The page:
Remarks by Daniel Kimmage at U.S.-Taiwan Tech Challenge Day 2

Daniel Kimmage

February 20, 2020


Remarks by Daniel Kimmage
at U.S.-Taiwan Tech Challenge Day 2
February 20, 2020

 (As Prepared for Delivery)

Let me start by thanking Brent Christensen, the Director of the American Institute in Taiwan; as well as Lo Ping-cheng, Minister without Portfolio, for his help in addressing this critical challenge.  I would also like to thank the technologists, representatives of civil society, and the media, who give this event its true significance and meaning.  Ladies and gentlemen, other distinguished guests, good morning!

It gives me great pleasure to open the second day of the U.S.-Taiwan Tech Challenge that we are co-hosting with the American Institute in Taiwan.  This event brings together technologists from across East Asia who are developing new solutions to the problem of hostile propaganda and disinformation.  The tools we saw yesterday have been evaluated by a panel of government officials and local partners, and by the end of today we will award a $250,000 grant to a technology that we’ve judged to have the greatest potential to tackle regional challenges.  Before that moment, on this second day of our event, we’re bringing together major tech companies, non-governmental organizations, and representatives of the media for presentations and panels on how best to apply technology to combat propaganda and disinformation.

Awareness of a common threat brings us together.  Malicious actors all over the world are using propaganda to undermine our institutions, norms, democratic processes, free economies, and social cohesion.  Our adversaries subvert online environments even as they mount offline efforts—some overt and many covert—to attack democratic values and exploit societal divisions.  Taiwan is directly confronted by these threats, as is the United States.

Technology is woven into the very fabric of this challenge.  Some new technologies enable our adversaries to spread their propaganda and hide behind the camouflage of anonymous personas.  Other technologies let them develop convincing disinformation content quickly and cheaply.  Thankfully, these nefarious capabilities run up against another set of technologies that allow us to expose and counter the purveyors of malign influence.  The participants gathered together here are helping us to do just that.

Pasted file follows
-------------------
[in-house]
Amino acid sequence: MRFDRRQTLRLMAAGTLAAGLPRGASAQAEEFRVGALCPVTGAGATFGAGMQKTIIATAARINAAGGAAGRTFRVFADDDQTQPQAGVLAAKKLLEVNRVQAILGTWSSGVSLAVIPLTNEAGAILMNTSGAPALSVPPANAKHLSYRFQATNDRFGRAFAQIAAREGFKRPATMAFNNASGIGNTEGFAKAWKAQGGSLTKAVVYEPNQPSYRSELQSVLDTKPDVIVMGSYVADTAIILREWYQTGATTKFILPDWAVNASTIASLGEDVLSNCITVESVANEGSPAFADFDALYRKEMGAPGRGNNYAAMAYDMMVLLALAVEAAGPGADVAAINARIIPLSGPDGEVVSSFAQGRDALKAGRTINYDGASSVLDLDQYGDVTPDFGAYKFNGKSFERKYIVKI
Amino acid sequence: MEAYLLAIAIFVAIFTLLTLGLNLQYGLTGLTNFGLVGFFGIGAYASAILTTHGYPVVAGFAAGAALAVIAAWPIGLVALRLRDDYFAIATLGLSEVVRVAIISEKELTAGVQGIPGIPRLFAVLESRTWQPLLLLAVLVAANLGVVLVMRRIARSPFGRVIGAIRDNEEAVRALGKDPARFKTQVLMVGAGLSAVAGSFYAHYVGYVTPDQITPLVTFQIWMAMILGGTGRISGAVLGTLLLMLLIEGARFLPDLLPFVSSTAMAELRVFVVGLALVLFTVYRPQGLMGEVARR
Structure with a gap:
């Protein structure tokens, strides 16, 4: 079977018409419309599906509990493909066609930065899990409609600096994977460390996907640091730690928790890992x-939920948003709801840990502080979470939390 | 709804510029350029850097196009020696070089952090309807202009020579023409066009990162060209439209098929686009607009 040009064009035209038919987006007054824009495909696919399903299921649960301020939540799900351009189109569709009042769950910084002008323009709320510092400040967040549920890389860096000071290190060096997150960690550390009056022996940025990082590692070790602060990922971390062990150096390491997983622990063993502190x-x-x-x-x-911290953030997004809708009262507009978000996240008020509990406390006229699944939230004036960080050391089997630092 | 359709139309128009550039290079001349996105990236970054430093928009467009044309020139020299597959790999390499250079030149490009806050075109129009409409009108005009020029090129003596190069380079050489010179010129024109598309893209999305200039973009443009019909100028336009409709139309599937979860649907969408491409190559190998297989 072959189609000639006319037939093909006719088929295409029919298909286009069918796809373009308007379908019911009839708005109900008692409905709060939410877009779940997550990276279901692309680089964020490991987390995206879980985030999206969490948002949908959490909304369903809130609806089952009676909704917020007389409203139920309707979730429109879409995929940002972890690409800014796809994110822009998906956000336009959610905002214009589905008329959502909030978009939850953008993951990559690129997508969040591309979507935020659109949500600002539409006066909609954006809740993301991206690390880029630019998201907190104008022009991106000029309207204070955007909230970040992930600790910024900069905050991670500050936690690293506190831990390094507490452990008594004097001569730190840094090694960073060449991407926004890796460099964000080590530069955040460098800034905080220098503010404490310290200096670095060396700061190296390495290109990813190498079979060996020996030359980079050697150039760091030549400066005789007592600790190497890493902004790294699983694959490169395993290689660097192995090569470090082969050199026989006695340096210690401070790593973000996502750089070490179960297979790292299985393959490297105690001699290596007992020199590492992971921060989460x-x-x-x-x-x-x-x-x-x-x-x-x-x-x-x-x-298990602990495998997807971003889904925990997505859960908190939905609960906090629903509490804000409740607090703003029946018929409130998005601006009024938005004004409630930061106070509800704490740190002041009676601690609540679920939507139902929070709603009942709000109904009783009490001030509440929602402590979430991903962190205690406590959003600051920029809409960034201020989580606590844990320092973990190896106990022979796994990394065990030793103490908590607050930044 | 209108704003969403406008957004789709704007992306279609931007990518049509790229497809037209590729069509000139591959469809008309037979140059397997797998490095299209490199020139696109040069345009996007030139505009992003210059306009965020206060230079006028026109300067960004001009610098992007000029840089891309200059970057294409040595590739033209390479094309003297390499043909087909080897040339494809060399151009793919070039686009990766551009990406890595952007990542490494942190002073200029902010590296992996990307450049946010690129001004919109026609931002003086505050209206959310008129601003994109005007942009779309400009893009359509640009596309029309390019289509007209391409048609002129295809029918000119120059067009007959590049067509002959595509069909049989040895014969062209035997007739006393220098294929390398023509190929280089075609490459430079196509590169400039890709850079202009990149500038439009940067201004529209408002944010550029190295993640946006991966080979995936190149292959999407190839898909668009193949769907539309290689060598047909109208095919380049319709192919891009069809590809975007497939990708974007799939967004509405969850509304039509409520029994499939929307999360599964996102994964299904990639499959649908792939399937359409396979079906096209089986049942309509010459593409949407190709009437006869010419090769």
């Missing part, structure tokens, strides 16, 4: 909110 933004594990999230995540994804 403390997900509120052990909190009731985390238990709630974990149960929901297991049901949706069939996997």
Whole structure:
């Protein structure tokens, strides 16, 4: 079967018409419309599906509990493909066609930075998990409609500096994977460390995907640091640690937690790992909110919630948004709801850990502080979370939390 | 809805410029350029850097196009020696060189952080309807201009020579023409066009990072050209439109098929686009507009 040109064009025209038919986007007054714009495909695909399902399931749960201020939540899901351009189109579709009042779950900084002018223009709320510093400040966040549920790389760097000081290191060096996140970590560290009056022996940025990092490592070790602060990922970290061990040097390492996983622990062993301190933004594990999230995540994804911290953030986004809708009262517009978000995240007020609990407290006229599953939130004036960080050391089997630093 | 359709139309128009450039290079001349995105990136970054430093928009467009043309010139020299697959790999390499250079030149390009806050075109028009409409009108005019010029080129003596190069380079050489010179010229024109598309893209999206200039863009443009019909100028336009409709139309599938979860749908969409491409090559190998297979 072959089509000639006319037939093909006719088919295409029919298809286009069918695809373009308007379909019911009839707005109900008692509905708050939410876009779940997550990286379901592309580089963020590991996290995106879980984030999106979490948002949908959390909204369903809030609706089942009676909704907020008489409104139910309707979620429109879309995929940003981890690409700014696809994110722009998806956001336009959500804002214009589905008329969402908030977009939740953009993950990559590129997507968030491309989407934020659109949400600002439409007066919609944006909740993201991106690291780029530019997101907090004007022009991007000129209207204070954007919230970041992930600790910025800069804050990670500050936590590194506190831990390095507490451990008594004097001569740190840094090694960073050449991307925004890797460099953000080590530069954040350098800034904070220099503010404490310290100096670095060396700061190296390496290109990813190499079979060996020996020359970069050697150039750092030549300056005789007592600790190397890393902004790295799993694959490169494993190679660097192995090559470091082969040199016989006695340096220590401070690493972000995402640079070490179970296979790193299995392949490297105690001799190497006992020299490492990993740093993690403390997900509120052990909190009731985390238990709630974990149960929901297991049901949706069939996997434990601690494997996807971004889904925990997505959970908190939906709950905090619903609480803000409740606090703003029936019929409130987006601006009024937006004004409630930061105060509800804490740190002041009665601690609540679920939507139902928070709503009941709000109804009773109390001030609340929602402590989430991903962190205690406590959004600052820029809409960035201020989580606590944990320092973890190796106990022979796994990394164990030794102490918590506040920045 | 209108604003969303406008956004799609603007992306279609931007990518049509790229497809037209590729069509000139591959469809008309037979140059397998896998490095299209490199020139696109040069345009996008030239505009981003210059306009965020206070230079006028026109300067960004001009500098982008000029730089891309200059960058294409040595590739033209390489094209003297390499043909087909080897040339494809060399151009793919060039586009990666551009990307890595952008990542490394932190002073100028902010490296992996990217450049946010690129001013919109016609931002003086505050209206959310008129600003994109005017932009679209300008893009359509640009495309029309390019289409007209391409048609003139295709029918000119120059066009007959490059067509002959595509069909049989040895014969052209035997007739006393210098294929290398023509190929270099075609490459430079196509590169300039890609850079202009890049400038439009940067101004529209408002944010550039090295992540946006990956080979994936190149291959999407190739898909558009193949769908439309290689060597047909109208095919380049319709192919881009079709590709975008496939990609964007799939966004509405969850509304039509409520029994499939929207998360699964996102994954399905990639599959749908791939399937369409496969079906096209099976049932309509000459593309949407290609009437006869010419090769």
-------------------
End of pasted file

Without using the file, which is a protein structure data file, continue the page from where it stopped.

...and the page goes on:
Let me say a few words about the Global Engagement Center.  Congress created us in 2017 to “lead, synchronize, and coordinate efforts of the Federal Government to recognize, understand, expose, and counter foreign state and non-state propaganda and disinformation efforts aimed at undermining United States national security interests.”  In other words, we are on the front lines of our government’s fight against propaganda and disinformation directed at our nation by hostile foreign actors.

Technology is a big part of this.   Our Technology Engagement Team, led by Patricia Watts, helped to organize this Tech Challenge.  It has developed the U.S. government’s only dedicated effort to identify, assess, test and implement technologies against the problems of foreign propaganda and disinformation in cooperation with foreign partners, industry and academia.

This brings me to the most important part of this event, which is the incredible skills our participants bring to this crucially important struggle.  We have seven technologists who have been selected to demonstrate their work in depth on day one and during lighting talks on day two.  I remind you that at least one, and as many as three, of these teams will receive a grant of $250,000 from the Global Engagement Center to put its technology to use.

The format of this event is competitive, but its spirit is collaborative.  Faced with the problem of propaganda, we seek to respond with objectivity.  Faced with the problem of disinformation, we seek to guarantee access to information.  Faced with the prospect that some would exploit technology for nefarious purposes, we seek to affirm its role in making our world a safer, better place.

We understand that technology is a double-edged sword.  What can be used can be misused.  What facilitates the spread of information can enable the spread of disinformation.  But we are confident that we can work together so that the positive outweighs the negative, so that responsible use overcomes misuse, and that information triumphs over disinformation.

Thank you again, and may the best team win!